The length of time suspects could be bailed without being charged with a crime could be trebled under government plans.
The Home Office has proposed to increase the amount of time suspects can be bailed from 28 days to 90.
Officers will be advised to apply these restrictions in cases where suspects are deemed to be a risk to victims, witnesses and the public.
The proposals have been welcomed by charity Women’s Aid, who support survivors of domestic violence, among others who have campaigned for the change since 2017.
They argue the 28-day limit has led to a steep drop in police use of bail, resulting in thousands of suspected sex attackers being released without restrictions.
But other campaigners and experts, among them Transformation Justice Foundation, have warned against changing the law.
The Foundation’s director, Penelope Gibbs, told EachOther that there is “no evidence” that victims are more at risk under existing police bail time limits and that “other measures” must be introduced to protect victims.
In 2017, the Home Office introduced a 28-day limit on the police’s use of pre-charge bail to bring “an end to the injustice of people being left to languish on very lengthy periods”.
The Policing and Crime Act 2017 states that, after 28 days, only an inspector can authorise an extension of up to three-months. Thereafter, the police must apply to the Magistrates’ Court for a further extension.
The 28-day limit was one of several measures introduced in the Policing and Crime Act 2017 to tackle the growing concerns that individuals were being kept on pre-charge bail for long periods, under oppressive conditions and without judicial oversight.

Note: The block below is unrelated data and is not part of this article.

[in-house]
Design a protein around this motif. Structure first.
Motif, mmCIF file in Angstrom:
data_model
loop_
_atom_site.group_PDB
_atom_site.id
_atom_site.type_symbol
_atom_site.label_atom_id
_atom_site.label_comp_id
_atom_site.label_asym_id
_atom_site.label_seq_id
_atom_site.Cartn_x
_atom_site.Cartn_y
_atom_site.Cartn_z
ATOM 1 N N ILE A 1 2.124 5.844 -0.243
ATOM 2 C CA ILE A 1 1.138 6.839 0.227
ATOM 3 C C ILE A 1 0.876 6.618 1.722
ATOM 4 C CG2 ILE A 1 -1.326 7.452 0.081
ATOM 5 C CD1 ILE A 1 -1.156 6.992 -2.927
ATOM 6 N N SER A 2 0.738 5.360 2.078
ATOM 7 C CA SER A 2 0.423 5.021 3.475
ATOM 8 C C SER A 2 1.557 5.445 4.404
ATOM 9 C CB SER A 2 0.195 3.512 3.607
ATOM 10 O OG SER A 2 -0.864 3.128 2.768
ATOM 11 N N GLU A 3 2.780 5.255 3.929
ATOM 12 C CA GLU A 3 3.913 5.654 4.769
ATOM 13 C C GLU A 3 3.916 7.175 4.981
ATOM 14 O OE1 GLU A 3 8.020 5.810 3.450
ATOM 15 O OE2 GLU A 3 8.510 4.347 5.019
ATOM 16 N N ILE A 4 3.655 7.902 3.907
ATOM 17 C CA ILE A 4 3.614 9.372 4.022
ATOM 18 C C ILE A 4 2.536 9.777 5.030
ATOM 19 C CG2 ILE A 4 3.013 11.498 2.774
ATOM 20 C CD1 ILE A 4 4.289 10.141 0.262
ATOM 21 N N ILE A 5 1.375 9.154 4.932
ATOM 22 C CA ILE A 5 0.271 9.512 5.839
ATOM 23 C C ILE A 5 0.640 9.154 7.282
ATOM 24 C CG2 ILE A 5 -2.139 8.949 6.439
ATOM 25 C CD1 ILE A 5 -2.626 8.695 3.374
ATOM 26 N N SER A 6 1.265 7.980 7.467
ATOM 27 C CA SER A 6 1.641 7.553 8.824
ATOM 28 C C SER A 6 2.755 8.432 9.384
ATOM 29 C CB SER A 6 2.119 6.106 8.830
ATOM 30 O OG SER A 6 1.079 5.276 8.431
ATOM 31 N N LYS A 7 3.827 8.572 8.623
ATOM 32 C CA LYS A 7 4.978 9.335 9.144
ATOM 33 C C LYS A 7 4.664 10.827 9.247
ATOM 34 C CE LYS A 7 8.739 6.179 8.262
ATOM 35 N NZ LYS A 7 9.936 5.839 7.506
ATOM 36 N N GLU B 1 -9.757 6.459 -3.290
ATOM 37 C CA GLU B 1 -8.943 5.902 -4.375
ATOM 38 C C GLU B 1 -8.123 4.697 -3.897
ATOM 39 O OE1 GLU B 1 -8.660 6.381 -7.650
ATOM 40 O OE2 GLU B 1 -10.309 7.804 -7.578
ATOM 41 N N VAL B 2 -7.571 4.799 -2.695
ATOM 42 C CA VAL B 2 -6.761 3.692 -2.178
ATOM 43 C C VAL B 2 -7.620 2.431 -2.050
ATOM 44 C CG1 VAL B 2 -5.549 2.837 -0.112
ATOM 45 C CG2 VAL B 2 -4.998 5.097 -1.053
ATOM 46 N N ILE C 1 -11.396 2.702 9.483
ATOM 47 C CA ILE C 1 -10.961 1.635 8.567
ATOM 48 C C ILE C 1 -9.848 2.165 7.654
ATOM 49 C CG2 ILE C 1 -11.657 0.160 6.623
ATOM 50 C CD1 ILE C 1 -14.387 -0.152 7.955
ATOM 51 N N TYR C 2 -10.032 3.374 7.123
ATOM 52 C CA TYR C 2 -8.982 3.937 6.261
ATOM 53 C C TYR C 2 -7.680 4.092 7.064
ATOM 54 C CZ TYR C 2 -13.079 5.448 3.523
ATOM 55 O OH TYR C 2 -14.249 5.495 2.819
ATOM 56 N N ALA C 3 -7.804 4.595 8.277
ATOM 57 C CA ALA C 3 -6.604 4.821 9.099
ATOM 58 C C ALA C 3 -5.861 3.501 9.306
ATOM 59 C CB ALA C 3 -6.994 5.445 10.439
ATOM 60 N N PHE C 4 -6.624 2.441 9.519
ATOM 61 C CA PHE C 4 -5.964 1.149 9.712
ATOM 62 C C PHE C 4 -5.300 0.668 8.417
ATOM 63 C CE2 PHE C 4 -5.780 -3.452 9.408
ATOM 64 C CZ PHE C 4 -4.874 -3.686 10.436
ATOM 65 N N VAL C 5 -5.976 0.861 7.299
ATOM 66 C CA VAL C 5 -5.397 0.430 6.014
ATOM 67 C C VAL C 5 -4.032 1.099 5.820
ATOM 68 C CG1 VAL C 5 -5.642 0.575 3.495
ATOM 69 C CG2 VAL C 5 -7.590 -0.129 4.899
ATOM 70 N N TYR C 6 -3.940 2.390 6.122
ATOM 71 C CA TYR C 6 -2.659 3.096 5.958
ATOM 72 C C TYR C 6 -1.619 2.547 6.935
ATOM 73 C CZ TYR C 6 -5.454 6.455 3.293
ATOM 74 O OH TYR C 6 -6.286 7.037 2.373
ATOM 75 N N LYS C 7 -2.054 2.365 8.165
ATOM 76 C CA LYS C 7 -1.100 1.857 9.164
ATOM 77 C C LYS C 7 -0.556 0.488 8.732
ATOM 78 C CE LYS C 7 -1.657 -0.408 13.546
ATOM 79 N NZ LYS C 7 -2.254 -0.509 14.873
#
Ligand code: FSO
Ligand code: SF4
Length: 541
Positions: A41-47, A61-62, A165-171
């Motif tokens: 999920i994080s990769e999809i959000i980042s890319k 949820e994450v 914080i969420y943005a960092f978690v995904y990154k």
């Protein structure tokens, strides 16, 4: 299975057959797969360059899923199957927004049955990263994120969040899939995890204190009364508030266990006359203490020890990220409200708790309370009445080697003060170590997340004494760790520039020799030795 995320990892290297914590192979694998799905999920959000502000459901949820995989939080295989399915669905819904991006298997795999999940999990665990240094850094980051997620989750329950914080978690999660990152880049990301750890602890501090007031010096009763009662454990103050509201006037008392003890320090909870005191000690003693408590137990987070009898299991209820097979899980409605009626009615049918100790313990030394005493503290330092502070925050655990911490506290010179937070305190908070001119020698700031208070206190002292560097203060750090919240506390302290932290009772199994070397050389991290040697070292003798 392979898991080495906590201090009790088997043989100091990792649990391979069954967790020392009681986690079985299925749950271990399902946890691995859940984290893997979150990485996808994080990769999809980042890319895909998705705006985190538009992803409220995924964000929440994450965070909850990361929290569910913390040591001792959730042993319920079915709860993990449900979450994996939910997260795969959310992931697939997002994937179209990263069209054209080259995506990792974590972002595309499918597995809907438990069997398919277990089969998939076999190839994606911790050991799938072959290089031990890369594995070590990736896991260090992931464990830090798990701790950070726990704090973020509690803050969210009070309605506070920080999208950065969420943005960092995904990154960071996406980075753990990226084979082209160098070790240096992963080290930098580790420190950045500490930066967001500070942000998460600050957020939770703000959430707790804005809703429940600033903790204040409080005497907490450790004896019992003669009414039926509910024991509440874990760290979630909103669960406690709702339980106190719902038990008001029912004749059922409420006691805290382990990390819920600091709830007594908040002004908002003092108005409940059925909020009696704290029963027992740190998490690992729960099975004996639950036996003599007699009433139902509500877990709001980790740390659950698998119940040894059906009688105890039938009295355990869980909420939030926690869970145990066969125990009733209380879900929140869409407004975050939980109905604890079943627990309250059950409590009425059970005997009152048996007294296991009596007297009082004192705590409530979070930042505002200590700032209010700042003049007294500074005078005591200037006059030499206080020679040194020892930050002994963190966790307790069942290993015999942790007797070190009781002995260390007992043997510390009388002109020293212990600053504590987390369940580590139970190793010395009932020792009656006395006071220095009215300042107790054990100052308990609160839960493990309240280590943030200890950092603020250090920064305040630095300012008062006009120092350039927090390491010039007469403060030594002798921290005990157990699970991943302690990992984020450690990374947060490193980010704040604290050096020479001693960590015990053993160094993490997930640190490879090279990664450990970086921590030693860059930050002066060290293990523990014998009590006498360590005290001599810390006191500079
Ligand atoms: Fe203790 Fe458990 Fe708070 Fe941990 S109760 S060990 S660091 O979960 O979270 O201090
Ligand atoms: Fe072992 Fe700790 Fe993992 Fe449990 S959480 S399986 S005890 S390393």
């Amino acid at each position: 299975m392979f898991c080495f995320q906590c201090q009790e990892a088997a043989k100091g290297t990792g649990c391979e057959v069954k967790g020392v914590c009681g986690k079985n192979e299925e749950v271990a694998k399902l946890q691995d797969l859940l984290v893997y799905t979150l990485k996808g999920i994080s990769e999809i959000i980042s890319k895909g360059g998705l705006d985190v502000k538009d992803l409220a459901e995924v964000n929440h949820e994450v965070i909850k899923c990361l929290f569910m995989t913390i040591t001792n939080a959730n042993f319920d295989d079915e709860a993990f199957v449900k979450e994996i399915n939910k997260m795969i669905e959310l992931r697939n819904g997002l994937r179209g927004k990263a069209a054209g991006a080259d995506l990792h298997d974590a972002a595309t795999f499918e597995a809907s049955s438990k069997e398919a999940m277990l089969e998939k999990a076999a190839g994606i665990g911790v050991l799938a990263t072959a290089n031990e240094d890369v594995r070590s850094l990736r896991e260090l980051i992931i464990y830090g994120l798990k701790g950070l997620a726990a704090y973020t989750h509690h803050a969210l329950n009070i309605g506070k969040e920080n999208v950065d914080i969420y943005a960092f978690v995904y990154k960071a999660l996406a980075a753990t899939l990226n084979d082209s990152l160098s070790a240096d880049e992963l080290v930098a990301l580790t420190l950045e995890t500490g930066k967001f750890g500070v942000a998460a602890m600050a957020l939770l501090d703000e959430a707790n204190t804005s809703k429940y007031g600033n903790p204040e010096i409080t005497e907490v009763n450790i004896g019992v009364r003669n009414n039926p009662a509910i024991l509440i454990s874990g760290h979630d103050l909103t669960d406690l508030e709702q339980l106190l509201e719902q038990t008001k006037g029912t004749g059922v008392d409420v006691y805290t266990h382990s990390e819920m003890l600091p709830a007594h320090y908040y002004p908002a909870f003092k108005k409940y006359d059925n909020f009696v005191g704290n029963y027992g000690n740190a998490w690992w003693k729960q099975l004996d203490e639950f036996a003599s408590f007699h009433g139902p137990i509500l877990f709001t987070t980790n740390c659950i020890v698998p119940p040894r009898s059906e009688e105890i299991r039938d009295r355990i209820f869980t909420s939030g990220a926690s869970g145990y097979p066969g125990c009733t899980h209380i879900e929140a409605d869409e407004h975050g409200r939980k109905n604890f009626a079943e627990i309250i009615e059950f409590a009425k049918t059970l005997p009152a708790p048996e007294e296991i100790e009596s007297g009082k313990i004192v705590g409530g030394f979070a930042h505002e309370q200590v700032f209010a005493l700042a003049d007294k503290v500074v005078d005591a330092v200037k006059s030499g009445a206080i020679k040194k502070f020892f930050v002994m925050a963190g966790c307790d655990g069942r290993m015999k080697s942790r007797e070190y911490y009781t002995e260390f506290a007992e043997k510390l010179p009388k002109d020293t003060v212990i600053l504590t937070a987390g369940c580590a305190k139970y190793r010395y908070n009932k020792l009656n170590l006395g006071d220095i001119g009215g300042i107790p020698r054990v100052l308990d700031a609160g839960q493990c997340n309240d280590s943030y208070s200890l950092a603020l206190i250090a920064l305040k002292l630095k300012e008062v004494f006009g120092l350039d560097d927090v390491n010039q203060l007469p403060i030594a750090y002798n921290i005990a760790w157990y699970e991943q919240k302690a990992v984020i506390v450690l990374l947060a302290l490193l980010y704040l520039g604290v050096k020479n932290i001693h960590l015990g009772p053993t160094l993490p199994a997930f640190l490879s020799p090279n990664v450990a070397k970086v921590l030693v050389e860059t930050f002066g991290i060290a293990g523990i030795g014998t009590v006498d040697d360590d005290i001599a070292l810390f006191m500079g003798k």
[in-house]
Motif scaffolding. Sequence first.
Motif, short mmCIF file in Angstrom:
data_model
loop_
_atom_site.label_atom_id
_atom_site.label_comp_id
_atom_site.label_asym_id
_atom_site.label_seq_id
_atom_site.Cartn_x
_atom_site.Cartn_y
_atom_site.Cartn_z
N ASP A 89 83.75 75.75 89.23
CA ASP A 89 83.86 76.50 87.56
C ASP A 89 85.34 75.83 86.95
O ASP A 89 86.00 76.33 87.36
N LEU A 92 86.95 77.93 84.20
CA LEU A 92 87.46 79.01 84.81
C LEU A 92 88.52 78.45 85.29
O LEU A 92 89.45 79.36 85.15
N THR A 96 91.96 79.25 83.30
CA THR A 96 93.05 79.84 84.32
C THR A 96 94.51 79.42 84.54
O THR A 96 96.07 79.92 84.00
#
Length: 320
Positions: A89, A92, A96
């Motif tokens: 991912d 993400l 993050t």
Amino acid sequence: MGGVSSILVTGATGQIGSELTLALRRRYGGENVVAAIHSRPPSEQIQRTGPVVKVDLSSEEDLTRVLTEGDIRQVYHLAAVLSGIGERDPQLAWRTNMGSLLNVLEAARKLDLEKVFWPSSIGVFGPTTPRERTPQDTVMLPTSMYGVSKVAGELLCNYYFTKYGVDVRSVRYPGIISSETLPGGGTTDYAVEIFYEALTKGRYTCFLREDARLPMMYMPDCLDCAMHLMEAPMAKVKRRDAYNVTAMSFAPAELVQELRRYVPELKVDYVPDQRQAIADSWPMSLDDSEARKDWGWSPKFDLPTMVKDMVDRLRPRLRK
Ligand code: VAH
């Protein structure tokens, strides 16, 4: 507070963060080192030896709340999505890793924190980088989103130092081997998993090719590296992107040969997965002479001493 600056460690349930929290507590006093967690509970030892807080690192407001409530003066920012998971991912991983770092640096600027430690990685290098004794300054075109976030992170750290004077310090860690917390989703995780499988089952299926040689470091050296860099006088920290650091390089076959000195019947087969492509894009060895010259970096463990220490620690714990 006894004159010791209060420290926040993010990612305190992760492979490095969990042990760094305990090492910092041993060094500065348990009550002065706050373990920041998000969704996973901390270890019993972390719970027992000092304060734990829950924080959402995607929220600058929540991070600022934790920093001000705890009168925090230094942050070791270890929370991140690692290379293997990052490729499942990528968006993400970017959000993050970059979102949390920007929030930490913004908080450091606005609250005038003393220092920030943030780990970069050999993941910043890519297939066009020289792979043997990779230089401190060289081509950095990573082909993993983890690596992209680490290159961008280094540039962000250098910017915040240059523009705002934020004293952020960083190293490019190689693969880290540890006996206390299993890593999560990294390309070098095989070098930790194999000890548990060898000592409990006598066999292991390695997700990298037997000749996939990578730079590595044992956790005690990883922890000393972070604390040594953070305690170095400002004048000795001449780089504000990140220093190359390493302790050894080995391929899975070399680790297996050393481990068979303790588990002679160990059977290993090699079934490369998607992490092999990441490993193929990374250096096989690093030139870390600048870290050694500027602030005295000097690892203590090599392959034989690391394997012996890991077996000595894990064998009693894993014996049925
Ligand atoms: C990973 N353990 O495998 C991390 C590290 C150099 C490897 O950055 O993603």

The case of former radio DJ Paul Gambaccini is an often cited example of the havoc police bail can wreak on the lives of suspects who later turn out to be innocent.
He was held on police bail for a year as part of the Operation Yewtree investigation into allegations of historic child sexual abuse.
His bail conditions meant he had to forfeit his British and US passports and the BBC stopped employing him.
The police eventually dropped the case after the accusations turned out to be false. He was never charged with any crime.
What Priti Patel’s New Proposals Mean?
Announcing the proposed changes, Patel said: “Since rule changes in 2017, there have been concerns that pre-charge bail is not always being used where appropriate to protect victims, investigations are taking longer to conclude and that this has had adverse impacts on the courts.”
The new proposals include:
- removing the presumption against pre-charge bail,
- telling police officers to use bail when there is a risk to victims, witnesses and the public,
- extending the time limit for bail from 28 days to either 60 or 90 days, and
- delaying the need for judicial approval for bail extension from three months to six, nine or 12 months.
A balancing act
The issue of police bail raises challenging questions in balancing the rights of suspects and victims.
The European Court of Human Rights has ruled that the state has a “positive obligation” to protect victims of domestic abuse.
A major criticism of the 2017 changes was the unprecedented rise in the number of suspects being released under investigation (RUI).
Adina Claire, acting co-CEO of Women’s Aid, said has said that “restrictions on the use of bail can leave survivors unprotected while they wait for their perpetrator to face justice”.
But the Transform Justice Foundation’s Penelope Gibbs told EachOther that “there is no evidence that the current system is creating more risk to victims”.
“We live in a society where people are innocent until proven guilty, and where people who have not even been charged with a crime should in general be able to live in liberty,” she said.
“Police bail is a restriction on individual liberty which should be imposed on suspects only if the police regard it as necessary to ensure engagement and protect victims.”
The right to liberty is protected by Article 5 of the Convention of Human Rights.
There are restrictions on this right which, for instance, allow states to lawfully detain people who are reasonably suspected of committing crimes.
But it also requires states to bring those who have been arrested before the courts promptly and told be told what charges they face.
- The Home Office’s consultation on the changes to pre-charge bail closes on 29 April.